According to a recent survey by the Medical Group Management Association, less than 10 percent of physician practices are prepared for the upcoming ICD-10 implementation. This new method of coding diagnoses and hospital procedures mandated by CMS is slated to take effect on October 1. While codes change every year, the switch to ICD-10 is taking place because the current 30- year old system, ICD-9, is outdated, obsolete and inconsistent with current medical practices, according to CMS.
ICD-10 (International Classification of Diseases, version 10), represents a tremendous increase in complexity from the current ICD-9. The number of diagnostic codes will increase from nearly 14,000 to around 69,000 and procedure codes will jump from around 3,000 to roughly 87,000.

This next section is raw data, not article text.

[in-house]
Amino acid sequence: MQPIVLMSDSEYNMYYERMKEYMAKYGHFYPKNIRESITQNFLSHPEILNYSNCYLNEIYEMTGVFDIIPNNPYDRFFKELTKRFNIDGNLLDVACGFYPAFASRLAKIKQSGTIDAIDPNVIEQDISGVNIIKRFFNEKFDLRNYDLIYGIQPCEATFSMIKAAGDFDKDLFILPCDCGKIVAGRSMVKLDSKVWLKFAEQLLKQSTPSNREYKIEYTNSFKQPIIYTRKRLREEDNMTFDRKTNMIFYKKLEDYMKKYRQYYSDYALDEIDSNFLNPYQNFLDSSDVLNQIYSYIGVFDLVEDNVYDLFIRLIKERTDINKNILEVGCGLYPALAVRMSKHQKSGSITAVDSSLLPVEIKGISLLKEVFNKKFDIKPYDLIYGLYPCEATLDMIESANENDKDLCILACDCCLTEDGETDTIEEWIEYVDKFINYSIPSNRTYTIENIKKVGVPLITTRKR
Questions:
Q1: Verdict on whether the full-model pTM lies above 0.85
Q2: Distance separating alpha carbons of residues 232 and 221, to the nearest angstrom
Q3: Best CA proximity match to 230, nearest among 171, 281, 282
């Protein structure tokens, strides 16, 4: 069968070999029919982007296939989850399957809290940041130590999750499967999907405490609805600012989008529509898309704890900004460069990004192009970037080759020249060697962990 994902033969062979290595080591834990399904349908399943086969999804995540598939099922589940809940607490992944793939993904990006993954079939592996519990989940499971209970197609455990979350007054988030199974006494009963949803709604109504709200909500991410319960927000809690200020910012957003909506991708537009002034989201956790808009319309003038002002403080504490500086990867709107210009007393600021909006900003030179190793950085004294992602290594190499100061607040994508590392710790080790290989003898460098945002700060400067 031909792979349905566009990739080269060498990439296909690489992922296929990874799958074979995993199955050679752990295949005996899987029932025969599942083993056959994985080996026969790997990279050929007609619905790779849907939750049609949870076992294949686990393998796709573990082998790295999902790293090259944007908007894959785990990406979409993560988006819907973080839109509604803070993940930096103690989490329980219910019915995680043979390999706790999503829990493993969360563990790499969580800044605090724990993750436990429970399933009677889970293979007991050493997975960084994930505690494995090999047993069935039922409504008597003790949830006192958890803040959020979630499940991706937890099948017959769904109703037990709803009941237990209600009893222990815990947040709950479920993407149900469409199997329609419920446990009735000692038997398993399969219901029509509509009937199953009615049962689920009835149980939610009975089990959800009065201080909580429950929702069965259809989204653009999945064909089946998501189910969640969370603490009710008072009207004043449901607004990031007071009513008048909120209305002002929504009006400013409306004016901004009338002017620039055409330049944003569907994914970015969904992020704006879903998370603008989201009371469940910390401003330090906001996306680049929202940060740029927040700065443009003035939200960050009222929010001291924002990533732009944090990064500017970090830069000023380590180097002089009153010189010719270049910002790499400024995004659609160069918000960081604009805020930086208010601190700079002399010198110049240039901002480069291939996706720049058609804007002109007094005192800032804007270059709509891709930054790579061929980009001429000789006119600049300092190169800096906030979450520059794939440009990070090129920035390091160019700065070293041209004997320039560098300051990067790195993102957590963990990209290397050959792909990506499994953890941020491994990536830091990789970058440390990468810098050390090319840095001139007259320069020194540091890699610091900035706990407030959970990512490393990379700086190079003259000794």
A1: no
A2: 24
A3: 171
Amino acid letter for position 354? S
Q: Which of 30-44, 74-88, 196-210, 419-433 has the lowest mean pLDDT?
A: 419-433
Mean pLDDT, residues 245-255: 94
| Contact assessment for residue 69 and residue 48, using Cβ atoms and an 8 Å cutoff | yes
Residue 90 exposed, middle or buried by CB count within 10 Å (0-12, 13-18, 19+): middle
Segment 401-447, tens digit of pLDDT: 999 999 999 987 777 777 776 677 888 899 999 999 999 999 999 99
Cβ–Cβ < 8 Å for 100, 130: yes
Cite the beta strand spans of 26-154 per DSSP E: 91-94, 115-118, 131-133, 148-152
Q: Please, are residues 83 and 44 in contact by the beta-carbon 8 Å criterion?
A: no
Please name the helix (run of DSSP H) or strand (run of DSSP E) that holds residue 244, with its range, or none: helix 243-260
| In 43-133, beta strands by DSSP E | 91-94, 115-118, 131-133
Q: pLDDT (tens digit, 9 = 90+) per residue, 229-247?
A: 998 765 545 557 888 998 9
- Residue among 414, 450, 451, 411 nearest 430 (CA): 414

To help its members with the ICD-10 transition, an overview on the impact of ICD-10 regarding vascular surgery will be presented in a SVS ICD-10 vascular surgery webinar on April 1. This course is designed for vascular surgeons and their office staff, including practice managers, nurse practitioners, physician assistants, nurses, surgery schedulers, coders, and others who seek the transition to the ICD-10 code sets for vascular surgery.
“ICD-10 readiness is critical for reimbursement,” said Carrie Bosela, RN, CPC, CPC-1, administrative director of the SVS Patient Safety Organization. “This SVS webinar will prepare participants for the most common vascular diagnoses by reviewing the crosswalk from ICD-9 to ICD-10. ”
Avoid payment issues and learn to code correctly with ICD-10 through this webinar. Sign up today; the cost is $125.